MRes Simulating the locomotion of an extinct archosaurian reptile
Supervisors: Professors John R. Hutchinson and Friedl De Groote
Department: Comparative Biomedical Sciences and and KU Leuven, Belgium
How did extinct dinosaurs (and their close relatives) move? Archosaurs (crocodiles, birds and Mesozoic dinosaurs, etc.) began diversifying in the Triassic period <250 million years ago, then experienced a mass extinction ~200 million years ago, with only a few lineages including dinosaurs surviving. Why any lineages survived or went extinct remains unclear. One potential component of this pattern is how well any species could locomote (walk, run, jump, etc.).
Predictive biomechanical computer simulations can have some success in estimating such locomotor performance. We seek a student(s) to use these tools to test how one such species moved (or didn’t move); either a biped or quadruped, dinosaur or other archosaur. We would discuss with the student what they would be most interested to test, involving them in the scientific process. Initial 3D model data are available, so the student can proceed immediately. Students would learn (further) expertise in biomechanics, anatomy, palaeontology, computer programming and 3D graphics.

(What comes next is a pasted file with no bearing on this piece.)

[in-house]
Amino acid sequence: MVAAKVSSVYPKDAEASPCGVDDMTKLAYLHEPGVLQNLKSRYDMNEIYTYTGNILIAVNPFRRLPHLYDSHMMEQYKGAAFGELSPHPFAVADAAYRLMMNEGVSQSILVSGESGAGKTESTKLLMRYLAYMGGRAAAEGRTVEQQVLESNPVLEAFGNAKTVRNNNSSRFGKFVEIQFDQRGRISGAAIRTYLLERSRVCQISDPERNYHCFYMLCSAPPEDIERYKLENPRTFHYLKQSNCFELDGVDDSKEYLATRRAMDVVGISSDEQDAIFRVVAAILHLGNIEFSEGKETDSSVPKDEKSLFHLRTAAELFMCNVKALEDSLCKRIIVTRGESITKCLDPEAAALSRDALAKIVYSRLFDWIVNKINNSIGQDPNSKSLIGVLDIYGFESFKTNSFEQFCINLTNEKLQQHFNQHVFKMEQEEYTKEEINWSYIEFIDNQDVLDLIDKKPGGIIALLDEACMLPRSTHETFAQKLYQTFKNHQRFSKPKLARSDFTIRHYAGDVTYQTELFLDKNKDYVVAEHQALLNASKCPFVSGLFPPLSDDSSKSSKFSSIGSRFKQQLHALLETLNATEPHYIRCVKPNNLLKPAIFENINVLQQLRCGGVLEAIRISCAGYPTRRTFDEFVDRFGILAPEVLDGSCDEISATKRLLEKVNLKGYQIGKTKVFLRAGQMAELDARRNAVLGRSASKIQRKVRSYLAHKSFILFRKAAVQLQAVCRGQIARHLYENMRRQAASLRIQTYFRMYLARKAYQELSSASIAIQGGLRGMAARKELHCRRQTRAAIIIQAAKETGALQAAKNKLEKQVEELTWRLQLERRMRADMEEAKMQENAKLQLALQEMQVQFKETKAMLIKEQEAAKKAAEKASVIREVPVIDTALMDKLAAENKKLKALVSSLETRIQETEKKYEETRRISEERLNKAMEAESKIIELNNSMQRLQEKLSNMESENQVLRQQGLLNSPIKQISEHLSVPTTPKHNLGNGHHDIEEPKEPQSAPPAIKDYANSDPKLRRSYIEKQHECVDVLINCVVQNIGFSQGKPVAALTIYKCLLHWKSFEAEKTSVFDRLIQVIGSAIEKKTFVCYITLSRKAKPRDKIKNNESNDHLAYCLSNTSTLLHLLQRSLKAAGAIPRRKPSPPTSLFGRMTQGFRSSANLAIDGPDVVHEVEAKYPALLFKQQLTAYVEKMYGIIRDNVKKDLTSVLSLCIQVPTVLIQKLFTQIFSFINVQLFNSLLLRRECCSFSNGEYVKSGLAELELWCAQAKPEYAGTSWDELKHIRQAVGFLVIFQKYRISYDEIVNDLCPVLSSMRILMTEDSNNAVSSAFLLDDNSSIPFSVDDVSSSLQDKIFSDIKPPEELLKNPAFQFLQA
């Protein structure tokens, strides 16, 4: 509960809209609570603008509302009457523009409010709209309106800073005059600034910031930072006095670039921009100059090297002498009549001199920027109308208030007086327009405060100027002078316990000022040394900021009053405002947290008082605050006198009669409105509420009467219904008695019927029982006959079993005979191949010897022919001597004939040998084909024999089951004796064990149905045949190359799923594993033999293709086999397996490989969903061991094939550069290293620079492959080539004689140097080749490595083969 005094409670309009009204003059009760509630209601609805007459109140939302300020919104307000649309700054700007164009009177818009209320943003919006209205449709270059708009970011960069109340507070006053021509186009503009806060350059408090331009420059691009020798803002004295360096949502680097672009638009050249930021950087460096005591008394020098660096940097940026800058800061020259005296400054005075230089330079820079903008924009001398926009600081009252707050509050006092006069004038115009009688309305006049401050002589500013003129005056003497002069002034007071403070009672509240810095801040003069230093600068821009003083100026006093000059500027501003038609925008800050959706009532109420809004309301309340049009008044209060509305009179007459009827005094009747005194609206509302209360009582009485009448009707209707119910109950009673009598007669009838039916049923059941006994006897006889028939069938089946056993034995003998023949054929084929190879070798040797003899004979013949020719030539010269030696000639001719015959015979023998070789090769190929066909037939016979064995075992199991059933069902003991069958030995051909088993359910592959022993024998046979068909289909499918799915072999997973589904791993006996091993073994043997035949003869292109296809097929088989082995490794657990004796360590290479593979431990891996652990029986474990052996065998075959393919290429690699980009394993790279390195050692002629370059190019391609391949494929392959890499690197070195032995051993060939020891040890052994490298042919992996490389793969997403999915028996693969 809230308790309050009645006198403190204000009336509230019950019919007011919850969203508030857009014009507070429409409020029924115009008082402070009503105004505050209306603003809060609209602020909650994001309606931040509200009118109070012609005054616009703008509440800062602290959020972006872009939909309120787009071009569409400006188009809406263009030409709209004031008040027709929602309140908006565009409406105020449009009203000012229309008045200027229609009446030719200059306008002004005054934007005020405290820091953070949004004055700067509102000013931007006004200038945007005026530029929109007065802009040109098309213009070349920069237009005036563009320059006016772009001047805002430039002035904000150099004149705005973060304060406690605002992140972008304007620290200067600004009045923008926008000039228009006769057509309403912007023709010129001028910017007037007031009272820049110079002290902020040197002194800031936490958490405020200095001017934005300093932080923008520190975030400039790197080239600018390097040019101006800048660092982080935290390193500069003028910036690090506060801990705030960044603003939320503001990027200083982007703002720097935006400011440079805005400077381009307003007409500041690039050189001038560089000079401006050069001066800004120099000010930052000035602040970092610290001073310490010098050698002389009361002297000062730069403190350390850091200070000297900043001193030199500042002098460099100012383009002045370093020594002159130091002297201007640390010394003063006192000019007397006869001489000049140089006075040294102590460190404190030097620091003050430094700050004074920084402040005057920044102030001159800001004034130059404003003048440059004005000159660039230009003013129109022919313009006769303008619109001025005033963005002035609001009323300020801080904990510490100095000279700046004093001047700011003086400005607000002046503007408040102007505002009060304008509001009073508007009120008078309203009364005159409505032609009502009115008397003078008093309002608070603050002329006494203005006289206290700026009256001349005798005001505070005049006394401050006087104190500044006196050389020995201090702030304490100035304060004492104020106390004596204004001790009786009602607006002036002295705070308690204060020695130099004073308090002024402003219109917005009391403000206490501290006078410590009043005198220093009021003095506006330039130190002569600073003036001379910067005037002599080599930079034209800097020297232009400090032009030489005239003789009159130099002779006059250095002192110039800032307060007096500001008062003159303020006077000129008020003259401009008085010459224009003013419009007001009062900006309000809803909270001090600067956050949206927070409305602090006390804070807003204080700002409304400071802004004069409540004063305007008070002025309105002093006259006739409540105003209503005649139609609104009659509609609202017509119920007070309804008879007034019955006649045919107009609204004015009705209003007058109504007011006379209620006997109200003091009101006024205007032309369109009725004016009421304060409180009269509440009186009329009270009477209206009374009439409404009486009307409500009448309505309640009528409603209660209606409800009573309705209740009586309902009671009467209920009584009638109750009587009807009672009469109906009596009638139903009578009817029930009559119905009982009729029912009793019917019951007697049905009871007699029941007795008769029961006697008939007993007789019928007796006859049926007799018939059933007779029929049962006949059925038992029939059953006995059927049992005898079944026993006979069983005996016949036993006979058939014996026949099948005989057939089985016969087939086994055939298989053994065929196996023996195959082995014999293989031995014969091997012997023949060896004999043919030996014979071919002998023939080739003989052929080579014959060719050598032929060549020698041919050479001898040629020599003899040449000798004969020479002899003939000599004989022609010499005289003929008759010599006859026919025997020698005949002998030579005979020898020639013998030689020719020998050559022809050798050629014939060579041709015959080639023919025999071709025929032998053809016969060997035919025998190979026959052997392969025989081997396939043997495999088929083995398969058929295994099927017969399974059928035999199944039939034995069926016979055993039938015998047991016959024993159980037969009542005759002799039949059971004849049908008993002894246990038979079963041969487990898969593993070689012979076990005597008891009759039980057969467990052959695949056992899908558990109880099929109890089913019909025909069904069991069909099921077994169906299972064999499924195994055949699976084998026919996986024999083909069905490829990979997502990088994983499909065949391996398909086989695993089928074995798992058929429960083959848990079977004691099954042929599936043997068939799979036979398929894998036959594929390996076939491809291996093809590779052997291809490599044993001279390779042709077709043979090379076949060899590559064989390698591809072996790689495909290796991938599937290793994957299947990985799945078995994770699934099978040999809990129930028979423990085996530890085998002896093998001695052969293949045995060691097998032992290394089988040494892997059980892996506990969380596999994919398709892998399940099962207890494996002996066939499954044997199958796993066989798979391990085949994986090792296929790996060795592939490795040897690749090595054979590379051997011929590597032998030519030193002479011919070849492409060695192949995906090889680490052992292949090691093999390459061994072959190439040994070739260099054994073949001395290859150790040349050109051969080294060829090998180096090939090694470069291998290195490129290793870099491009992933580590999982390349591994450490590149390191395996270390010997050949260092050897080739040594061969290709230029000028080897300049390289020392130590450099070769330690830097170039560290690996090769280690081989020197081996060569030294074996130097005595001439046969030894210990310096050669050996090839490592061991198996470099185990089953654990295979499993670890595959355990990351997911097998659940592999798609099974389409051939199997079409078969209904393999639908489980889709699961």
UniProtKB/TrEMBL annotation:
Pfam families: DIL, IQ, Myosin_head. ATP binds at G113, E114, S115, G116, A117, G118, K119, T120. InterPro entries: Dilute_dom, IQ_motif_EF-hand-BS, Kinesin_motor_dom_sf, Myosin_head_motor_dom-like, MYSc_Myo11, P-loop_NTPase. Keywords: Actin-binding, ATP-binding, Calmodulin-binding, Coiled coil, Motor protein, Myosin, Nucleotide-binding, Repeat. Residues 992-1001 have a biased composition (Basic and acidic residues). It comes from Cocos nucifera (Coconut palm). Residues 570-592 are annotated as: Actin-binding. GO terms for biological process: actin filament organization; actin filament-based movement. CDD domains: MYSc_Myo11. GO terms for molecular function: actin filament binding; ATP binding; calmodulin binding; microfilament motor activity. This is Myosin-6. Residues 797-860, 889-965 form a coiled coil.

Note: 2 MRes students can be accommodated on this project.
- Bishop, P.J., Falisse, A., De Groote, F., Hutchinson, J.R. 2021. Predictive simulations of running gait reveal a critical dynamic role for the tail in bipedal dinosaur locomotion. Science Advances 7:abi7348. https://doi.org/10.1126/sciadv.abi7348
- Cuff, A.R., Demuth, O.E., Michel, K.B., Otero, A., Pintore, R., Polet, D.T., Wiseman, A.L.A., Hutchinson, J.R. 2022. Walking -- and running and jumping -- with dinosaurs and their cousins, viewed through the lens of evolutionary biomechanics. Integrative and Comparative Biology icac049, https://doi.org/10.1093/icb/icac049
- De Groote, F., & Falisse, A. (2021). Perspective on musculoskeletal modelling and predictive simulations of human movement to assess the neuromechanics of gait. Proceedings of the Royal Society B, 288(1946), 20202432. https://doi.org/10.1098/rspb.2020.2432
- Must meet our standard MRes entry requirements.
Do not need to be a vet. Undergraduate degree in biological sciences-related subject; or engineering, computer sciences, and similar fields.
Some prior expertise in biomechanics, anatomy/palaeontology, engineering, 3D graphics, or (especially) programming is highly desirable.
This can be taken full-time or part-time (12months FTE) project commencing in October 2023, based at RVC's Hawkshead campus.
Partially funded. The lab will be covering the project costs, with the MRes student expected to meet the course fees and their living expenses.
International applicants are welcome to apply but must be able to fund the difference between "Home" and "Overseas" tuition fees.
You can find information on fees and funding online. A postgraduate master's loan may be available to help cover costs.
How to Apply
For more information on the application process and English Language requirements see How to Apply.
Deadline: 26th March 2023
We welcome informal enquiries - these should be directed to email@example.com
Interview date and location: TBC (May 2023)